The difficulty of this living situation is most evident in the presence of children. Aydin says, "The ones I feared for the most were my children, especially the discrimination inflicted upon them. Many children were forbidden from playing with them. They kept crying and were feeling very upset because they had to stay at home, and I would look at them, unable to do anything but feel sad and frustrated, because they had no freedom."

She adds that she was often unable to cover the expenses of her two children. "At that time I wasn't even able to secure shampoo for my children. We also weren't able to buy disinfectants. That's why we were trying to manage with the aid of our neighbors and those around us. That’s also why I would sometimes use the same mask for several days. I would use it when I'd leave the house and then hang it up after I return," she says.

Video clip detailing the poor living conditions of migrant workers in Lebanon. [This report was produced with the support of Maharat Foundation and the Internews organization within the Rooted in Trust (RiT) project]

Days of Fear

Even her suffering from contracting the virus was not easy. Aydin recounts, "I woke up that morning with sharp pain in my head, as if I had a cold, and my body temperature rose. That's when I knew I had gotten the virus. We couldn't avoid the pandemic, because in the end, we are 15 people in one house where we share the same bathroom, which means that there was no escape from passing the infection to my children or to others in the house. I did not go out while I was infected with Covid, and I didn't contact any organization to ask for help because I didn't know at all that there were organizations that could help."

This is not the only reason that migrant workers in Lebanon hid the illness from others, including their housemates, and did not seek help. Aydin adds, "I was also scared that if someone found out, the entire building would be obligated to quarantine, and also because we're black, and racial discrimination was already being practiced against us everywhere. I was afraid to go to the hospital because I felt like I would die if I went. I knew it was necessary to quarantine myself so as not to infect anyone, but I was sometimes afraid to tell my roommates about my infection. I just isolated myself at home."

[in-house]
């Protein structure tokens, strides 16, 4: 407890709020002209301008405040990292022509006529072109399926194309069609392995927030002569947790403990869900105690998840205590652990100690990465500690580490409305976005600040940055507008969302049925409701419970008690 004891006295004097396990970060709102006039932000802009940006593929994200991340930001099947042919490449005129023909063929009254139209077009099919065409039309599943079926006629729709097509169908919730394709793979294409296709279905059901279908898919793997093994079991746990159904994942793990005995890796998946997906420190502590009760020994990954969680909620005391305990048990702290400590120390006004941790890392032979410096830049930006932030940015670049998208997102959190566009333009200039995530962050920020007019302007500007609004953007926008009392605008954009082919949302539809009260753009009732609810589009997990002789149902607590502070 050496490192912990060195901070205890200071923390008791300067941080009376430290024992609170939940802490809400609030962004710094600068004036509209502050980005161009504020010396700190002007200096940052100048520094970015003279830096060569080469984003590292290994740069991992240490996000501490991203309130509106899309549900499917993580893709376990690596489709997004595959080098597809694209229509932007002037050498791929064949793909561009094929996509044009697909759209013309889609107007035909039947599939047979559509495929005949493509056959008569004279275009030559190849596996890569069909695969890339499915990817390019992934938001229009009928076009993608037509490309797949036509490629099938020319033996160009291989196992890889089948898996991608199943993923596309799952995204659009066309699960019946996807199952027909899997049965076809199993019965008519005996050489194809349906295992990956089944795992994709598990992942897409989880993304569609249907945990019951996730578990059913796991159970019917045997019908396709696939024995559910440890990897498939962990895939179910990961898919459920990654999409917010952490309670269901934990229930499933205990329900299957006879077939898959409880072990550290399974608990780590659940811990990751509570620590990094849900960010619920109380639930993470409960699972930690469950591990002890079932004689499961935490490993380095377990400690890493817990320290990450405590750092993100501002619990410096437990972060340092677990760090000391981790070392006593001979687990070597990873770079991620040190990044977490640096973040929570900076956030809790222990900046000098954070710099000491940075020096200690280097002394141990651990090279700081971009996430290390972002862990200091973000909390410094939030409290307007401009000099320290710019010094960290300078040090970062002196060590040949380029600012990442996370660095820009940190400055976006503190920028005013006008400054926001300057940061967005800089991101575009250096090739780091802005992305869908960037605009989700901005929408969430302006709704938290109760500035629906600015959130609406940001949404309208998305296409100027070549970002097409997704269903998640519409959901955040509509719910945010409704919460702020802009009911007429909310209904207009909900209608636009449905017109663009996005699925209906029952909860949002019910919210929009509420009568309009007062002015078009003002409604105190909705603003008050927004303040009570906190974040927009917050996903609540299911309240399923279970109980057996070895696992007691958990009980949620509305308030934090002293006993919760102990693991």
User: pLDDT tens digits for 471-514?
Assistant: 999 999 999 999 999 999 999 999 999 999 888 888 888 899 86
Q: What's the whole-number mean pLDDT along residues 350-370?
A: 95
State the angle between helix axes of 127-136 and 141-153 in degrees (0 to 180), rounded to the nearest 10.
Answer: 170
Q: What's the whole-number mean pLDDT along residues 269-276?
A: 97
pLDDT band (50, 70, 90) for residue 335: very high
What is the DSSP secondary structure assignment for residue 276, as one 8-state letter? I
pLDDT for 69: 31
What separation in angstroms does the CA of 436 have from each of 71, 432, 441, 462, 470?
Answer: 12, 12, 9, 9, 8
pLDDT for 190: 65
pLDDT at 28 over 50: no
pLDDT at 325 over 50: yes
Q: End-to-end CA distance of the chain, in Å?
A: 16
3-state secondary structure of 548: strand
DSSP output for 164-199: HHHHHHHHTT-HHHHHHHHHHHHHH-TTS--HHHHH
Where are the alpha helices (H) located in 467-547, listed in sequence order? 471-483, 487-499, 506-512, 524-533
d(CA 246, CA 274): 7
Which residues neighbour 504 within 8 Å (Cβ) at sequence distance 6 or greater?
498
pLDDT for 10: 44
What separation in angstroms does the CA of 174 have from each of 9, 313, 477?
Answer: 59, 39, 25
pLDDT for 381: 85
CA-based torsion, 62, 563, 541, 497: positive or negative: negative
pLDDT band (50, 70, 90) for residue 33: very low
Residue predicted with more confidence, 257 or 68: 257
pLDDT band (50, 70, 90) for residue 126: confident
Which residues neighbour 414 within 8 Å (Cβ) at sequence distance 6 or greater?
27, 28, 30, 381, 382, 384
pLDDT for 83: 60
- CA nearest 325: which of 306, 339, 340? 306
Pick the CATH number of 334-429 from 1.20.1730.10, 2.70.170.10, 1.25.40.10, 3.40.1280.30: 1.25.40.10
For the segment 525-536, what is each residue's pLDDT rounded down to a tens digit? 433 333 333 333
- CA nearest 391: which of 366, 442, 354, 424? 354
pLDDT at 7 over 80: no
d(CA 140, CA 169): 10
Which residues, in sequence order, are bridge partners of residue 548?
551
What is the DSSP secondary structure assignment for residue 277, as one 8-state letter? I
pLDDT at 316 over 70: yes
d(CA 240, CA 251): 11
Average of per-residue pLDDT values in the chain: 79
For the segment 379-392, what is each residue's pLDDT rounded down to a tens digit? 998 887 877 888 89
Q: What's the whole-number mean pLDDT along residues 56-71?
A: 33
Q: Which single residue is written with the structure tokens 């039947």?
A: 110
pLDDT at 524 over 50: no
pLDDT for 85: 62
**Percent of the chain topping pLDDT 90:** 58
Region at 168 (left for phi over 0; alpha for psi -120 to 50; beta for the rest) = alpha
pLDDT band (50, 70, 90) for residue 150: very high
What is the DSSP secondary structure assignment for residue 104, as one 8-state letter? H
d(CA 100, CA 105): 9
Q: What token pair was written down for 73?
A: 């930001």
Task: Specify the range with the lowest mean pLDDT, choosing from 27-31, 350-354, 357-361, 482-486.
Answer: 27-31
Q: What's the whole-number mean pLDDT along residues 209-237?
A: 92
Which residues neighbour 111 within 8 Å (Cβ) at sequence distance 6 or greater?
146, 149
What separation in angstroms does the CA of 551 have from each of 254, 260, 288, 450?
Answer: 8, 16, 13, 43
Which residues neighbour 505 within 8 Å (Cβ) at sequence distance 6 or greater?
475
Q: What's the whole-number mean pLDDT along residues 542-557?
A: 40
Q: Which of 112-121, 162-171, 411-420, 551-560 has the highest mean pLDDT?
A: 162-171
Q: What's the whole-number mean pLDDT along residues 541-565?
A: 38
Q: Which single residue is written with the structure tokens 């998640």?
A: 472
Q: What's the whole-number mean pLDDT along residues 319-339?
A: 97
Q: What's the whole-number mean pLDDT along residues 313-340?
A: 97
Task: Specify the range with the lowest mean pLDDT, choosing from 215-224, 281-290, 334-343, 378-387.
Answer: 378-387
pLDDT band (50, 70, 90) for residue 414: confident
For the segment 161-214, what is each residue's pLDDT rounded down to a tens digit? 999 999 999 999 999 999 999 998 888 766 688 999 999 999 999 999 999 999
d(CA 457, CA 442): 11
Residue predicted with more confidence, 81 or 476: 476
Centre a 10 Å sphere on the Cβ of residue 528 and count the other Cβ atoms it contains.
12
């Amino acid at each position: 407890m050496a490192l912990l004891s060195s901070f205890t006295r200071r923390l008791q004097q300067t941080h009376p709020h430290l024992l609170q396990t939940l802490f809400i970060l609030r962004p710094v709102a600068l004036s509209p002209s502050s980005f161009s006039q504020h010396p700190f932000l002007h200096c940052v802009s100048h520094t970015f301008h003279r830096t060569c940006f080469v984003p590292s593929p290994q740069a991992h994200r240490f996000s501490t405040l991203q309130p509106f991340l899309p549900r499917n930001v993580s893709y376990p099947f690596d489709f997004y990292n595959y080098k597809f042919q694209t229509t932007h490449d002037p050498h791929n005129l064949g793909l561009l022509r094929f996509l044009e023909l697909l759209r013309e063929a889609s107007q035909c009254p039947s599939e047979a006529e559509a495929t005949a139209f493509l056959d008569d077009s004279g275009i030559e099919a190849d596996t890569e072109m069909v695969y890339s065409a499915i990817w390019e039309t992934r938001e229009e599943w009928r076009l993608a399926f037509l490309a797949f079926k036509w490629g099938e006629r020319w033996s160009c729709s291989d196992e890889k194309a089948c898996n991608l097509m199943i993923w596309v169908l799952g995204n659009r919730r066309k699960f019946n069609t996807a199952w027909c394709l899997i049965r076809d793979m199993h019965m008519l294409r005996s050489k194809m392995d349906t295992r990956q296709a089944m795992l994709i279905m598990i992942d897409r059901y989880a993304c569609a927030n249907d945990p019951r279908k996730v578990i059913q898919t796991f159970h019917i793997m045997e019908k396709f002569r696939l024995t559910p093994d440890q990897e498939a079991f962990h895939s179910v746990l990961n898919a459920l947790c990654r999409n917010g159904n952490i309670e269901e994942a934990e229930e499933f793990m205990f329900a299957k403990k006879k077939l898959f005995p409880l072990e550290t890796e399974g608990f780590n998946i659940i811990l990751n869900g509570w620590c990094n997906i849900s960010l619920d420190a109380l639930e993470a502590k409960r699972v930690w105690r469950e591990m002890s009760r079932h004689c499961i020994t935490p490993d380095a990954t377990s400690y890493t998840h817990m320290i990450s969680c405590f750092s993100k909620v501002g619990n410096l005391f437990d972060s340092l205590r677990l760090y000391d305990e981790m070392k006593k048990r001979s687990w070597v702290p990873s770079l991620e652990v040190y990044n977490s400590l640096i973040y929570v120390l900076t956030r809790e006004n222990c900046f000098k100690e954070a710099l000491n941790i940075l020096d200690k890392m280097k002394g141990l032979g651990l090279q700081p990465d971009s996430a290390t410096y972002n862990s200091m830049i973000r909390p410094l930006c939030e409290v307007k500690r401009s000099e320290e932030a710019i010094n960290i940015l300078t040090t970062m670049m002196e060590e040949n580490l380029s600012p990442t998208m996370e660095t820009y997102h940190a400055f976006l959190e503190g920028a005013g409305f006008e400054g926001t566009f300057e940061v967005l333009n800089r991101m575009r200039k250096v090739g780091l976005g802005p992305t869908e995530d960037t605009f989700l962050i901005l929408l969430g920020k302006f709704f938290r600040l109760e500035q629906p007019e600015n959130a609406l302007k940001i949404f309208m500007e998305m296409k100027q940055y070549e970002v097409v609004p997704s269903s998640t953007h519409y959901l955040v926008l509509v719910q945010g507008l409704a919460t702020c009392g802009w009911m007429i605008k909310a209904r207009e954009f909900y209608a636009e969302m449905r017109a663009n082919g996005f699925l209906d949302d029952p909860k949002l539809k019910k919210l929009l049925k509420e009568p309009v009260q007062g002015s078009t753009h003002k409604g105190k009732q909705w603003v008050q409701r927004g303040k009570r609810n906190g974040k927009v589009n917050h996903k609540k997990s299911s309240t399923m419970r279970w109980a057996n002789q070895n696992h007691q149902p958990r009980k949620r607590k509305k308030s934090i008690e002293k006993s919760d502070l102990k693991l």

"We lost a colleague to the virus. He died without us being able to ask for help. I will never forget that day. We were crippled by fear.. When he caught the virus, we were all afraid we'd be subjected to abuse and have to leave. He died a few days later"

When Maysa was also infected with the virus, she didn't tell anyone from her family or those who live with her. "I knew that I was infected with it because of the known symptoms. I went through some difficult and harsh nights, where I was afraid that I was going to die. I used to boil ginger, lemon, and cinnamon so I wouldn't have to task for help or go to the hospital," she recounts. There is no scientific evidence of the effectiveness of herbs in the treatment of COVID-19.

In particular, Aydin was afraid that one of them would die from the virus because they were too afraid of seeking help. "That time was terrifying," she says. "I was so scared that I couldn't imagine losing someone... But we were trying to get by."

Unfortunately, what she had been so afraid of, eventually happened. She retells, "We lost one of our colleagues to the pandemic; he died without any of us being able to seek help for him. I will never forget that day. We were crippled by fear. I think Covid is affected by how strong or weak the immune system is, and maybe that man's immunity wasn't strong enough to fight this infection. When he contracted the virus, he could no longer breathe and the symptoms were severe. His wife was afraid to call and ask for help so that the neighbors wouldn't notice that there was a case in our place of residence. Everyone was afraid that we would have to leave the building or be subjected to abuse."